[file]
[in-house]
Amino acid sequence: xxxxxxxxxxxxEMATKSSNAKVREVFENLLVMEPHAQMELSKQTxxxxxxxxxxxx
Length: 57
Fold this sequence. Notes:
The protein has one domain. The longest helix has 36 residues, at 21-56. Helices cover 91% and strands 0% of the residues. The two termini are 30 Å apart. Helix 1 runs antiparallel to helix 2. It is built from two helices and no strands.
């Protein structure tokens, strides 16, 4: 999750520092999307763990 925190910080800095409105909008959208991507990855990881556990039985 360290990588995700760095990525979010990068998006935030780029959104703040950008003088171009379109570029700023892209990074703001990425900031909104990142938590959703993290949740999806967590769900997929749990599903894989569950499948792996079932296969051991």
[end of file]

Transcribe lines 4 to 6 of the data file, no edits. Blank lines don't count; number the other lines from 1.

Fold this sequence. Notes:
The protein has one domain. The longest helix has 36 residues, at 21-56. Helices cover 91% and strands 0% of the residues. The two termini are 30 Å apart. Helix 1 runs antiparallel to helix 2. It is built from two helices and no strands.
């Protein structure tokens, strides 16, 4: 999750520092999307763990 925190910080800095409105909008959208991507990855990881556990039985 360290990588995700760095990525979010990068998006935030780029959104703040950008003088171009379109570029700023892209990074703001990425900031909104990142938590959703993290949740999806967590769900997929749990599903894989569950499948792996079932296969051991």